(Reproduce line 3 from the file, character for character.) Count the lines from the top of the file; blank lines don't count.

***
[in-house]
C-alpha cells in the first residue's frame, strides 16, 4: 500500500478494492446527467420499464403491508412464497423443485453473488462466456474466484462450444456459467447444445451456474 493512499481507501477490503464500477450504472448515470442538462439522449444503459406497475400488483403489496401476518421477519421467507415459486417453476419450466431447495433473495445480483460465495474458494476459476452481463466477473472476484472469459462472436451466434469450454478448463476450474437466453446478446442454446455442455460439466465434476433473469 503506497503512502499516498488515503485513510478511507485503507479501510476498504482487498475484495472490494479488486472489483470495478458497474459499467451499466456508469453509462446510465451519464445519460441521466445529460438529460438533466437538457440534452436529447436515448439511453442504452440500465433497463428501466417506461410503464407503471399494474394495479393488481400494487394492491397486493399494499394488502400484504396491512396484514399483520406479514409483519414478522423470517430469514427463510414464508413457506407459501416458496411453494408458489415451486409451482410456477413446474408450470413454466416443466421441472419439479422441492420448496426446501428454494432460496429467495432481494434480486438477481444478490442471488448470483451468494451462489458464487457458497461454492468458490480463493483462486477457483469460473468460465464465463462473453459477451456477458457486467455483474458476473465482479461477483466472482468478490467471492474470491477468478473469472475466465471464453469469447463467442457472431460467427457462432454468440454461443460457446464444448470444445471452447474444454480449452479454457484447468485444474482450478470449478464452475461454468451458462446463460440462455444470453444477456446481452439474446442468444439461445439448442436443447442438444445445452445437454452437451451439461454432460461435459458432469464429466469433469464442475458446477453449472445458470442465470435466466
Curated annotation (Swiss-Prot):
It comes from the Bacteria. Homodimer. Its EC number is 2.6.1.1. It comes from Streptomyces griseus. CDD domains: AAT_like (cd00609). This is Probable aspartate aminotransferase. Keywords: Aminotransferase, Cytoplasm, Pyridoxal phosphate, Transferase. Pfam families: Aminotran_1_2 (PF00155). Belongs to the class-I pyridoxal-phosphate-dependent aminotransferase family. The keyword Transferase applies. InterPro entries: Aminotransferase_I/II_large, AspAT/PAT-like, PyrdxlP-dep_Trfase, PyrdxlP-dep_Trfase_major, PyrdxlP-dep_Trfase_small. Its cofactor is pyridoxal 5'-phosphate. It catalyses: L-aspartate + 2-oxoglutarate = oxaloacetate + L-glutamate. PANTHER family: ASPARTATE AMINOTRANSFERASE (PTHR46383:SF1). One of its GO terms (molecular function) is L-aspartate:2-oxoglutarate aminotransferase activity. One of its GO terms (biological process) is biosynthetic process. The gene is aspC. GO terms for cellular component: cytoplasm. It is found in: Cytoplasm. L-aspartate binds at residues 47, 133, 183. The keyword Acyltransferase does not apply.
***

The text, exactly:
Curated annotation (Swiss-Prot):